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Okay, I keep getting stuck with the complexity here. There is an array of elements, say A[n]. Need to find all pairs so that A[i]>A[j] and also i < j.

So if it is {10, 8, 6, 7, 11}, the pairs would be (10,8) (10, 6), (10,7) and so on...

I did a merge sort in nlogn time and then a binary search for the entire array again in nlogn to get the indices of the elements in the sorted array.

So sortedArray={6 7 8 10 11} and index={3 2 0 1 4}

Irrespective of what I try, I keep getting another n^2 time in the complexity when I begin loops to compare. I mean, if I start for the first element i.e. 10, it is at index[2] which means there are 2 elements less than it. So if index[2]<index[i] then they can be accepted but that increases the complexity. Any thoughts? I don't want the code, just a hint in the right direction would be helpful.

Thanks. Everything i have been doing in C and time complexity is important here

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I might be misunderstanding the problem - but won't the array [10,9,8,...,1] produce (10,9),...,(10,1),(9,8),...(9,1),... as pairs - and there are O(n^2) of these? – amit Aug 29 '12 at 11:12
up vote 2 down vote accepted

The result consists of O(n^2) elements, so any attempt to iterate through all pairs will be O(n^2).

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If a[i]>a[j] and i<j it is basically looking for an unsorted array that is in the process of being sorted...I am sure this can be found somewhere in the merge sort algorithm but I just cannot pinpoint the place to get it to list it...any help? If it can be identified within the merge sort algorithm before the swapping is actually done, then we have it in O(nlogn) time... – plaknas Aug 29 '12 at 13:39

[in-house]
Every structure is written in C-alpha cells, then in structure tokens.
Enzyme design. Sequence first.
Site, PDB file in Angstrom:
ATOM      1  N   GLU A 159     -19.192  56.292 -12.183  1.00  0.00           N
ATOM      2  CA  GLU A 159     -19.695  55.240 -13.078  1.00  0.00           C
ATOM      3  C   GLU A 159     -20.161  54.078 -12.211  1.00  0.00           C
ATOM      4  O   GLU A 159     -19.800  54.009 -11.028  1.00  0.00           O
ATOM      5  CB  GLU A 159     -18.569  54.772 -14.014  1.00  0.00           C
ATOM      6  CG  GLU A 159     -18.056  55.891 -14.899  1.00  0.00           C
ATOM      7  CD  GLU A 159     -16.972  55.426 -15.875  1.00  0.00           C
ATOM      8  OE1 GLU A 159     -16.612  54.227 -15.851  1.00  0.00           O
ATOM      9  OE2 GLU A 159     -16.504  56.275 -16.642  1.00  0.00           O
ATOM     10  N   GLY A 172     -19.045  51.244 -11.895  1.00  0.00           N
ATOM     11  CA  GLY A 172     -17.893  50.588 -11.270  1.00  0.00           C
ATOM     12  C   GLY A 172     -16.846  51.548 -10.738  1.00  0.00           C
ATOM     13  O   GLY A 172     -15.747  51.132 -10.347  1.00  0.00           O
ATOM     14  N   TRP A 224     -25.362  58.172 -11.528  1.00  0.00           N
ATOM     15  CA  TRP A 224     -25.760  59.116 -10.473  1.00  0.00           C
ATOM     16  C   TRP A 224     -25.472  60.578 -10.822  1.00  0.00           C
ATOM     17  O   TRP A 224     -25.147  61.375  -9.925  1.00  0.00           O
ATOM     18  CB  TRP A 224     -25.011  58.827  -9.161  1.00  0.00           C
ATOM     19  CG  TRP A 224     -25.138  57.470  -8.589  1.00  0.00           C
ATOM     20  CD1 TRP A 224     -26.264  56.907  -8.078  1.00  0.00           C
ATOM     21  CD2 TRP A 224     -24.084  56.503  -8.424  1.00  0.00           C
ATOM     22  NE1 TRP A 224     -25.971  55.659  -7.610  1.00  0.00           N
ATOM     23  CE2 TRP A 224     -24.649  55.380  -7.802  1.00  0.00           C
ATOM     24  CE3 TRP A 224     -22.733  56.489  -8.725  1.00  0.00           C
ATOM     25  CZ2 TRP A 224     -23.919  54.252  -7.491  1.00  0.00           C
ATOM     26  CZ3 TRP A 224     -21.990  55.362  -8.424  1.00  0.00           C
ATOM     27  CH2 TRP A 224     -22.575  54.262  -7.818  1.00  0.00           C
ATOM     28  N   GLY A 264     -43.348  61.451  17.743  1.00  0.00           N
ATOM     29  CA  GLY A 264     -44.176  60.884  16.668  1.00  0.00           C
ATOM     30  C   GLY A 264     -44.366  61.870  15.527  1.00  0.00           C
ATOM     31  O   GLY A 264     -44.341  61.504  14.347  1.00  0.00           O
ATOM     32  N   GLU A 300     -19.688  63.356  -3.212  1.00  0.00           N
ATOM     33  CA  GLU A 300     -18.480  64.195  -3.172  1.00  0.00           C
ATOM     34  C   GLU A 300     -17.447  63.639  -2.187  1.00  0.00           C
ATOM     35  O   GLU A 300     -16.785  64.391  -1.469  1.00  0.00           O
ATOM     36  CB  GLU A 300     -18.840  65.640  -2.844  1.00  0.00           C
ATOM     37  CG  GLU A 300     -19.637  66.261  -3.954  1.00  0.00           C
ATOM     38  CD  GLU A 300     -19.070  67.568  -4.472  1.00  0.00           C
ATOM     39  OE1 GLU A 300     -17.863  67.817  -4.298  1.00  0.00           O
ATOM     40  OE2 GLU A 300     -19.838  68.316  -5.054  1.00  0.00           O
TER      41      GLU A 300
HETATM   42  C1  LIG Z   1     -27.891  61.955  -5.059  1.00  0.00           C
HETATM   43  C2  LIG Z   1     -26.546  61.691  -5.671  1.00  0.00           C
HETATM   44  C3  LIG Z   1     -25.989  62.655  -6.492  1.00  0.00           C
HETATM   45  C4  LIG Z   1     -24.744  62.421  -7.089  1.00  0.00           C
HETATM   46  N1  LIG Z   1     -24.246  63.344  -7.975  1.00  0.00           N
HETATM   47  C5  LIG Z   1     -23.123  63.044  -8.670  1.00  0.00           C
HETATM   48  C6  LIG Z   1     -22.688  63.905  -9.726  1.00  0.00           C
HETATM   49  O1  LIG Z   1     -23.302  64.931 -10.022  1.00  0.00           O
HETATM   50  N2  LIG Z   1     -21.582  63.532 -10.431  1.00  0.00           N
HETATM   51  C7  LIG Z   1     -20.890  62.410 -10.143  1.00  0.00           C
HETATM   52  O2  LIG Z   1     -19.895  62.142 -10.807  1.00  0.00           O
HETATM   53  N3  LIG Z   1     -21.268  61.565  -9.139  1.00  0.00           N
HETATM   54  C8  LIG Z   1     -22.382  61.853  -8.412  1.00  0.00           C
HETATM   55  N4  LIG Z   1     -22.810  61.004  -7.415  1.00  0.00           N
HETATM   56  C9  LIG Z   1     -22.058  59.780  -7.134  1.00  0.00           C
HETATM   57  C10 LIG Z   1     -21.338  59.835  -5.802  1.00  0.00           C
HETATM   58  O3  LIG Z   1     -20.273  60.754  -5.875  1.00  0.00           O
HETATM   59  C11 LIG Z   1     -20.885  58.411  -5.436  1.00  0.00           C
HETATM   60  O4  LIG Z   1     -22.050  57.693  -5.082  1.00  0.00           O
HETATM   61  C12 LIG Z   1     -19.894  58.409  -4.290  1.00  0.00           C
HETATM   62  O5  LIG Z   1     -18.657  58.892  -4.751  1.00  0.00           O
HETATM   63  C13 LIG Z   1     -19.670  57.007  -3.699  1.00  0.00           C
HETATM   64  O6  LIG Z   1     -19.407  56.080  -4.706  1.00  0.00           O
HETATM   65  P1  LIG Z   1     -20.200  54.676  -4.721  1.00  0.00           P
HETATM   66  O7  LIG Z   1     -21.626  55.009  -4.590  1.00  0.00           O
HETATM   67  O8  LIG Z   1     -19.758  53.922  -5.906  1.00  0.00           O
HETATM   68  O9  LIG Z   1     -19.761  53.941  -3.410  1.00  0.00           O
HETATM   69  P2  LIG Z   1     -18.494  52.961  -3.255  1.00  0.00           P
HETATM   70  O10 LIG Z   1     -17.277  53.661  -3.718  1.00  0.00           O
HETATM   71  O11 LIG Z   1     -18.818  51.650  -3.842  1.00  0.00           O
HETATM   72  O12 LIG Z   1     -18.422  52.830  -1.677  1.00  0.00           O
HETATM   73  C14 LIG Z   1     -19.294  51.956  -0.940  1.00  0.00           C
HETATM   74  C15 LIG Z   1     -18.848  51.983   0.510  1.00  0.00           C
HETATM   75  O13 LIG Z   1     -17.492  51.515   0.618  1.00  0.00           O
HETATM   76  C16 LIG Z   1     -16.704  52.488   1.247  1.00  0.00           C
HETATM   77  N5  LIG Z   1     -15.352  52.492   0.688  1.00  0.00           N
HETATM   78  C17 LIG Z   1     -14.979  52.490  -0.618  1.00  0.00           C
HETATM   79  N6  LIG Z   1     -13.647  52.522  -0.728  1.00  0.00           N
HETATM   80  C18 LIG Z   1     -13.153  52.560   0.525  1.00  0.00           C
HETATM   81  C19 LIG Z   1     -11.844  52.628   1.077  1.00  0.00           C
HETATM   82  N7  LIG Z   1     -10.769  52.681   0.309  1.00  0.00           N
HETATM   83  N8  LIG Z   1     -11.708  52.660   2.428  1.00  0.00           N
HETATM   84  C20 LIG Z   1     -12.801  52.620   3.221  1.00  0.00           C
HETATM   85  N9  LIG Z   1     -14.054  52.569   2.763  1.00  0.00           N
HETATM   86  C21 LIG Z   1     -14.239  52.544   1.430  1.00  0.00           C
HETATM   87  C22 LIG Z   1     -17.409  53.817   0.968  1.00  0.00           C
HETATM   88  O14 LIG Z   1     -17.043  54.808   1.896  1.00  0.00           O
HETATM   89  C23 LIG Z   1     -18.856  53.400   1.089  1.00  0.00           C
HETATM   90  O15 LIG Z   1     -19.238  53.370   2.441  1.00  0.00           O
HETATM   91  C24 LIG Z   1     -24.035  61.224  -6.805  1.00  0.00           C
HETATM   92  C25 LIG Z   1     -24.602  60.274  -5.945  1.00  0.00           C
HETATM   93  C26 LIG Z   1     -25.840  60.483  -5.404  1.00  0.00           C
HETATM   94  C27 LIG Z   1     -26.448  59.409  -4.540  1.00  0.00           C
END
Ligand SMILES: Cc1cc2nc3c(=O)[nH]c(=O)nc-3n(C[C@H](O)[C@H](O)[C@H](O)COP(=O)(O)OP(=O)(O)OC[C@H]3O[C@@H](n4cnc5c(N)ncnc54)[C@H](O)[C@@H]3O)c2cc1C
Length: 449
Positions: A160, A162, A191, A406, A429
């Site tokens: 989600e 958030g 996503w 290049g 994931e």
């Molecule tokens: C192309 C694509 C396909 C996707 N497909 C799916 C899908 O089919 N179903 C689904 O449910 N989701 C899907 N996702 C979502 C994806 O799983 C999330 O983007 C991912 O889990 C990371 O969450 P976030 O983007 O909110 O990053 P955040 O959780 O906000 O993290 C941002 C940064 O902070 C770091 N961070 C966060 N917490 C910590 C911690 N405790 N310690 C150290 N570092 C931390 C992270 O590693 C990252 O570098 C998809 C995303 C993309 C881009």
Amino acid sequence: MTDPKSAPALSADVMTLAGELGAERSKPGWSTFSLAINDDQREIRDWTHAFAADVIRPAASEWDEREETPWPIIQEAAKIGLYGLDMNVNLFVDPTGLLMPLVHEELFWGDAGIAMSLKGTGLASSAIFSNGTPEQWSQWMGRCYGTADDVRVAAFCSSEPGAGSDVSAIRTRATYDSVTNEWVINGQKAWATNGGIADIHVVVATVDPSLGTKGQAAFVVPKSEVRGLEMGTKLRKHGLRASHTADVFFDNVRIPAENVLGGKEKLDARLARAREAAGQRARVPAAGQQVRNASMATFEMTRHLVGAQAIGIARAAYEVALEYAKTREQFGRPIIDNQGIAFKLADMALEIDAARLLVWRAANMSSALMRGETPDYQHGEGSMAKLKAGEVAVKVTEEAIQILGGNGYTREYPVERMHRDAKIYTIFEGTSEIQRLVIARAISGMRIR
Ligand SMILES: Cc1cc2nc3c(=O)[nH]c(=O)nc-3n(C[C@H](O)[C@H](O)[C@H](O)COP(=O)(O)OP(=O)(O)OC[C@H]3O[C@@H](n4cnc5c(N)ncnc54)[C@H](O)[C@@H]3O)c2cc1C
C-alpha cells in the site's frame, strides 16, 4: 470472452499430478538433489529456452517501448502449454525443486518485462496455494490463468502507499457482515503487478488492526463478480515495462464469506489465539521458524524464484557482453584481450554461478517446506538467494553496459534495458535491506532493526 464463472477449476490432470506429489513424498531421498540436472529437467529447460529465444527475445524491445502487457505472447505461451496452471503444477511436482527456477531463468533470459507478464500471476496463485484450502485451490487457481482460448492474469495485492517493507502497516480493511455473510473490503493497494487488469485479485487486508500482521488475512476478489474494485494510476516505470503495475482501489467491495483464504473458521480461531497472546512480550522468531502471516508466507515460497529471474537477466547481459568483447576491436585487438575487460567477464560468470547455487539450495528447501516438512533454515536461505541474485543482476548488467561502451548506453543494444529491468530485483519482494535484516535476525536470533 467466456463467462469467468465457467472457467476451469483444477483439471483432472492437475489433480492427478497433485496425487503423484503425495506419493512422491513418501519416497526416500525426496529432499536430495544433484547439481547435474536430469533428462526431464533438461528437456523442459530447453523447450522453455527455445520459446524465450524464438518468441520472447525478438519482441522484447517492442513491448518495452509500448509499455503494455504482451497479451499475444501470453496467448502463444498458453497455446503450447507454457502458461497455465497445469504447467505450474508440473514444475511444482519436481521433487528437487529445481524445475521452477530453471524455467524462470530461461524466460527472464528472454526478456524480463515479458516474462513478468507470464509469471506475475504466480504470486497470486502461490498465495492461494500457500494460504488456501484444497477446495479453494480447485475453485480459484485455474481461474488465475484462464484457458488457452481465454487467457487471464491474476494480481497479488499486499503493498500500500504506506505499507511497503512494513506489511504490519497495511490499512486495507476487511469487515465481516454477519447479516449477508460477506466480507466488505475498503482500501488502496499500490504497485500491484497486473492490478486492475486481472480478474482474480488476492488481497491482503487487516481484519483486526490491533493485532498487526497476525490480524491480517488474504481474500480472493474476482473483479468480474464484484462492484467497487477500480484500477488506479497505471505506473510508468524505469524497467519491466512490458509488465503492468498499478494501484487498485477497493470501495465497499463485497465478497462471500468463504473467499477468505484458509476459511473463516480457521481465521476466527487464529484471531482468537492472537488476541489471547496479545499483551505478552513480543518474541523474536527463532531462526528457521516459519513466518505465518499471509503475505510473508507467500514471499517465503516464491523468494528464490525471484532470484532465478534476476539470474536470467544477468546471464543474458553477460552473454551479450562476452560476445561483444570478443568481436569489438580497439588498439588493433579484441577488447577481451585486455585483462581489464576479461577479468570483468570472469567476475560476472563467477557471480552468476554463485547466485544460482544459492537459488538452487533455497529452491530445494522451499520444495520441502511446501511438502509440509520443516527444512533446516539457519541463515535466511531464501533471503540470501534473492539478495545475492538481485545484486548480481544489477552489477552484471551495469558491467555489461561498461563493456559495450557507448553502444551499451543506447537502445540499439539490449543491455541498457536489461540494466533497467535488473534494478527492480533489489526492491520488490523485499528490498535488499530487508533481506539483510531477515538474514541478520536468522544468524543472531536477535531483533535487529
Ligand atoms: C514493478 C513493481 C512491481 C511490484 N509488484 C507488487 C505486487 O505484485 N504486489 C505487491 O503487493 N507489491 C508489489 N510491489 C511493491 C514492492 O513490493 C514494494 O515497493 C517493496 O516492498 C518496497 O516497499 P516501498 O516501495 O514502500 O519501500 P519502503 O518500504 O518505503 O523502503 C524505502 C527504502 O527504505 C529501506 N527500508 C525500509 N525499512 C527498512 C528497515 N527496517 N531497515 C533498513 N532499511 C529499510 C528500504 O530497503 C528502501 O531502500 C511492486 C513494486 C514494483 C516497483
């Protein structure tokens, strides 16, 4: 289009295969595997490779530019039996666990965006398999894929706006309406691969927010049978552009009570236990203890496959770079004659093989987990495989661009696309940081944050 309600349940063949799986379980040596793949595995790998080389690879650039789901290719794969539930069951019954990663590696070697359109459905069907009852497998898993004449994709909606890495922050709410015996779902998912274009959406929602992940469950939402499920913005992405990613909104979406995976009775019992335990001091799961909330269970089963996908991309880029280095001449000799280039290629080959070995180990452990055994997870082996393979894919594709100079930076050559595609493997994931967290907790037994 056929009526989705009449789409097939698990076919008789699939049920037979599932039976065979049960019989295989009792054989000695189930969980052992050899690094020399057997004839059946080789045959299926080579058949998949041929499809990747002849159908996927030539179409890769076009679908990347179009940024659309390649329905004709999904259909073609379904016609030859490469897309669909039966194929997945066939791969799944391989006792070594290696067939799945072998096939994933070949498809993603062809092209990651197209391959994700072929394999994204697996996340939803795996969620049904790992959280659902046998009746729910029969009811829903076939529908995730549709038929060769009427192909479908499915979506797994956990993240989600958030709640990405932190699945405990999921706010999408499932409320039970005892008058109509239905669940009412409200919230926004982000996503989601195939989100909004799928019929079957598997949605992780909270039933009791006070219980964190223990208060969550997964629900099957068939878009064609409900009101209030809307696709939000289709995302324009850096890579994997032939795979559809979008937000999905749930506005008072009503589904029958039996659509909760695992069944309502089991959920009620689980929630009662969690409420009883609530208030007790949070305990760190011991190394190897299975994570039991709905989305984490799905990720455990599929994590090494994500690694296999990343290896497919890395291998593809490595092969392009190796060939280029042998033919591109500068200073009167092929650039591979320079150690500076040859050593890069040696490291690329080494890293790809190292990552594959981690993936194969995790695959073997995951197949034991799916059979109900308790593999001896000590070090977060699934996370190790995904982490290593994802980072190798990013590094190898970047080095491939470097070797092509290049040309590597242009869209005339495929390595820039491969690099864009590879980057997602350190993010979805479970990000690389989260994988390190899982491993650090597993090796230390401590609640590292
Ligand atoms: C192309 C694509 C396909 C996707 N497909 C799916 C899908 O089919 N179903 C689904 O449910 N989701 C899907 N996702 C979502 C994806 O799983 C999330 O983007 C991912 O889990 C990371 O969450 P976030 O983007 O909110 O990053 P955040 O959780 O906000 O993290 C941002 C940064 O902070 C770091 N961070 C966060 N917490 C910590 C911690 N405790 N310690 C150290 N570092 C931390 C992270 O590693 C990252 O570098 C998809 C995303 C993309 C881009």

What will you be doing with the result? Setting up a data structure that allows O(1) access to each result element can be done in O(nlogn), but referencing (for example printing) them all is O(n^2) because there are O(n^2) elements. – Klas Lindbäck Aug 29 '12 at 14:19

You cannot do this in under O(N^2), because the number of pairs that the algorithm will produce when the original array sorted in descending order is N(N-1)/2. You simply cannot produce O(N^2) results in O(N*LogN) time.

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N(N-1)/2, but yeah, what he said. – Sharkos Aug 29 '12 at 11:15
@Sharkos Yes, you're right, thanks! – dasblinkenlight Aug 29 '12 at 11:17

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